Neurobiology of Disease

 


 
 
  Themes 2010

Introduction

The neurobiology of disease refers to fundamental genetic, molecular, cellular, systems, and behavioral abnormalities that contribute to the manifestations of disease. From a practical perspective, disease-oriented research is not necessarily the same thing as the currently popular term, translational research. Any research that is directed at a specific disease or disease manifestation is often called "translational", but NIH has a more narrow definition i.e. any research that involves human subjects or that has immediate application to clinical therapies (e.g. clinical trials). Unfortunately, many areas of neurological and psychiatric disease still lack the fundamental insights or technology required for therapeutic application. Likewise, there are many examples where "undirected" basic research has led to clinical breakthroughs. Thus in neuroscience there is room (and great need) for both basic research as well as translational research. The introductory session overviews this spectrum, beginning with a discussion of neurobiological mechanisms that underlie neuropsychiatric disease. A clinical session will introduce the practical aspects of how neurological diagnoses are made.

This course is a "sampler" so participants should not expect to walk away with a comprehensive understanding on any one disease or disease mechanism, but rather we hope to impart an appreciation of the impact of disease on patients, and an understanding of the potential links between basic science and disease mechanisms.

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Neurodegeneration (Alzheimer's, Parkinson's Disease and Aging)

This theme will examine topical issues in neurodegenerative disease, using and Alzheimer's disease and Parkinson's disease as the clinical focal points this year. We will interview patients with Parkinson's disease and Alzheimer's disease following sessions that overview the clinical and potential mechanism of these diseases. We will also discuss therapeutic strategies for neurodegenerative diseases using Alzheimer's disease as an example, and the developing technology of gene therapy using cells and viruses. We will also discuss the relationship of aging to neurodegenerative disease including a session presented by Andrew Dillin from Salk Institute.

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Bypassing Repair - Neural Prostheses

Understanding neural injury and facilitating repair of damaged or degenerating nervous system poses a number of daunting scientific challenges, even though we have made great progress in understanding neural plasticity and repair mechanisms. This theme will examine an alternative approach, in which damaged tissue is bypassed with neural prostheses. Mark Humayan of the University of Southern California will discuss his work on retinal implants, now in use in patients. Eberhard Fetz of the University of Washington will discuss experimental strategies to use computer-brain interfaces to drive motor activity from individual neurons in the cortex, effectively bypassing the spinal cord.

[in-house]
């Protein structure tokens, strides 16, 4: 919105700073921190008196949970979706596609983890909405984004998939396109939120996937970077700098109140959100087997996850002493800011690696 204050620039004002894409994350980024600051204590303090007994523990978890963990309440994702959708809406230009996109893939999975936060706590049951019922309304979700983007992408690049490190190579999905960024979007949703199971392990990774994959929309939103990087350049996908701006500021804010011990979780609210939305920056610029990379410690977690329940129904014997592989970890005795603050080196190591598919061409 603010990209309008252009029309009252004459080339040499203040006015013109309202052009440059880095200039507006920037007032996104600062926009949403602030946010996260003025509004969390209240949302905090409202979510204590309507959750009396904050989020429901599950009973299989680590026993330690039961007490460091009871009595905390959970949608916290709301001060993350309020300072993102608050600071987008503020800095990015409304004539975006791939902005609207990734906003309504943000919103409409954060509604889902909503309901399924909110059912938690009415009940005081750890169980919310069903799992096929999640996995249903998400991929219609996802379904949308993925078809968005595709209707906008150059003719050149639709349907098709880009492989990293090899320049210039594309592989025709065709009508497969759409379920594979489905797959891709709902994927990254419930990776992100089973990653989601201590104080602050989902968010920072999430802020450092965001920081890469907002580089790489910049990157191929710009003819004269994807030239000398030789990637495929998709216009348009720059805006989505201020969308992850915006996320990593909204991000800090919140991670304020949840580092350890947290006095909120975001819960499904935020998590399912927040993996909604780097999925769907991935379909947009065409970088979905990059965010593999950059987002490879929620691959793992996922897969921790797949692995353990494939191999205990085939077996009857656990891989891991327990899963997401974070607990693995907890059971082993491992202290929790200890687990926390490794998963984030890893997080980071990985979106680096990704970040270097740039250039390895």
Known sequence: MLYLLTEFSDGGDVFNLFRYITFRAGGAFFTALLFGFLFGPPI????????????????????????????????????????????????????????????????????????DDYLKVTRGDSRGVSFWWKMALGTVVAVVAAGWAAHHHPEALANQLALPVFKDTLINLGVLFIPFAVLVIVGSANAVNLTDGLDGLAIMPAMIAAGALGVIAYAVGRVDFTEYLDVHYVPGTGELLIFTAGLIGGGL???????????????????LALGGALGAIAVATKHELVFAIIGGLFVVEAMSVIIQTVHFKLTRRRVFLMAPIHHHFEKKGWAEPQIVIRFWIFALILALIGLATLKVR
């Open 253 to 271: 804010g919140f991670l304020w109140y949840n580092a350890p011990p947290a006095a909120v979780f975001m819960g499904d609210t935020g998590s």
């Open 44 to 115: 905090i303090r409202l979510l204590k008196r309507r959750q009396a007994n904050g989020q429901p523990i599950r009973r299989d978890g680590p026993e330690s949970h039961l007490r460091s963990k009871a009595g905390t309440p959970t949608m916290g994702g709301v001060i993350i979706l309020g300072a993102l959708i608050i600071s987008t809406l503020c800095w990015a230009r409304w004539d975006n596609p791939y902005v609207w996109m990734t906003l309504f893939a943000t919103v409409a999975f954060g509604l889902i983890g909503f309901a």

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Maladaptive Plasticity (Pain)

Although pain is an important protective mechanism, chronic pain represents a maladaptive response to prior or ongoing tissue injury. This theme will provide an overview of chronic pain as seen in the clinic, and Allan Basbaum from the University of California San Francisco will survey the molecular mechanisms of chronic pain.

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Neuronal-Glial Interactions (Multiple Sclerosis)

This theme will examine the topic of neuronal-glial interactions, which are manifest in a number of neurological diseases. Our clinical focus for this theme will be multiple sclerosis (MS). Sessions on MS will include a clinical overview of the disease and it treatment, and we will interview a patient with MS. During the second week of this theme, students will attend the 2010 Jungers Center symposium on Neuronal-Glial Interactions (see www.ohsu.edu/jungers), which features outside 4 experts discussing recent research on this topic. The theme will conclude with a debriefing of the issues raised by the symposium.

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Clinical Rounds

During this week students will be matched for a 1/2 day with a clinician on the inpatient wards, the neuroscience intensive care unit or one of the subspecialty neurology clinics. This opportunity will allow students to see how neurological health care is delivered and some of the issues that face patients and clinicians on day-to-day basis. In final session of this theme, we will share the experiences of the week.

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